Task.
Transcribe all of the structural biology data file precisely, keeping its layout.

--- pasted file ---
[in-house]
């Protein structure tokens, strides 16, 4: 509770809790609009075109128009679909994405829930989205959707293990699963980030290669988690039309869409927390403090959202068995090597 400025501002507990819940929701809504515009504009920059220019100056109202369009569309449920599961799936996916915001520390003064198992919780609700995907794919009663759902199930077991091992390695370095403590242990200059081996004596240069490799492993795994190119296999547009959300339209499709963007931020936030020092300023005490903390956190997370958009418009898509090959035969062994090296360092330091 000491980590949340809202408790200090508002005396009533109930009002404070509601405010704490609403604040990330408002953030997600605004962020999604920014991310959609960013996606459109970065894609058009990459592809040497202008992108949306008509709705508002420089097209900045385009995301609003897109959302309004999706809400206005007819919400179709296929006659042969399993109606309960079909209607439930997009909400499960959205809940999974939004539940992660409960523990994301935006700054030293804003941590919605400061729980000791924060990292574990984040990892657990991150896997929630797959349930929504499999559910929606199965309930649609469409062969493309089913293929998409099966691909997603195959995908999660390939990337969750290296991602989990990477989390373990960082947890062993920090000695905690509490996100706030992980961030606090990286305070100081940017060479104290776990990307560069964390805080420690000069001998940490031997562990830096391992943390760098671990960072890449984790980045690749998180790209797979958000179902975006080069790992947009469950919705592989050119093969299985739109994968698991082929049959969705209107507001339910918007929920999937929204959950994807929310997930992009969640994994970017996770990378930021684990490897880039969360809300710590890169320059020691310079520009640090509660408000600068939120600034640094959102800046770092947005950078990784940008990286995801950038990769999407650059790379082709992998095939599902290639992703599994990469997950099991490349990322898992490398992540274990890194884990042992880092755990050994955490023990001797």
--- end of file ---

[in-house]
């Protein structure tokens, strides 16, 4: 509770809790609009075109128009679909994405829930989205959707293990699963980030290669988690039309869409927390403090959202068995090597 400025501002507990819940929701809504515009504009920059220019100056109202369009569309449920599961799936996916915001520390003064198992919780609700995907794919009663759902199930077991091992390695370095403590242990200059081996004596240069490799492993795994190119296999547009959300339209499709963007931020936030020092300023005490903390956190997370958009418009898509090959035969062994090296360092330091 000491980590949340809202408790200090508002005396009533109930009002404070509601405010704490609403604040990330408002953030997600605004962020999604920014991310959609960013996606459109970065894609058009990459592809040497202008992108949306008509709705508002420089097209900045385009995301609003897109959302309004999706809400206005007819919400179709296929006659042969399993109606309960079909209607439930997009909400499960959205809940999974939004539940992660409960523990994301935006700054030293804003941590919605400061729980000791924060990292574990984040990892657990991150896997929630797959349930929504499999559910929606199965309930649609469409062969493309089913293929998409099966691909997603195959995908999660390939990337969750290296991602989990990477989390373990960082947890062993920090000695905690509490996100706030992980961030606090990286305070100081940017060479104290776990990307560069964390805080420690000069001998940490031997562990830096391992943390760098671990960072890449984790980045690749998180790209797979958000179902975006080069790992947009469950919705592989050119093969299985739109994968698991082929049959969705209107507001339910918007929920999937929204959950994807929310997930992009969640994994970017996770990378930021684990490897880039969360809300710590890169320059020691310079520009640090509660408000600068939120600034640094959102800046770092947005950078990784940008990286995801950038990769999407650059790379082709992998095939599902290639992703599994990469997950099991490349990322898992490398992540274990890194884990042992880092755990050994955490023990001797």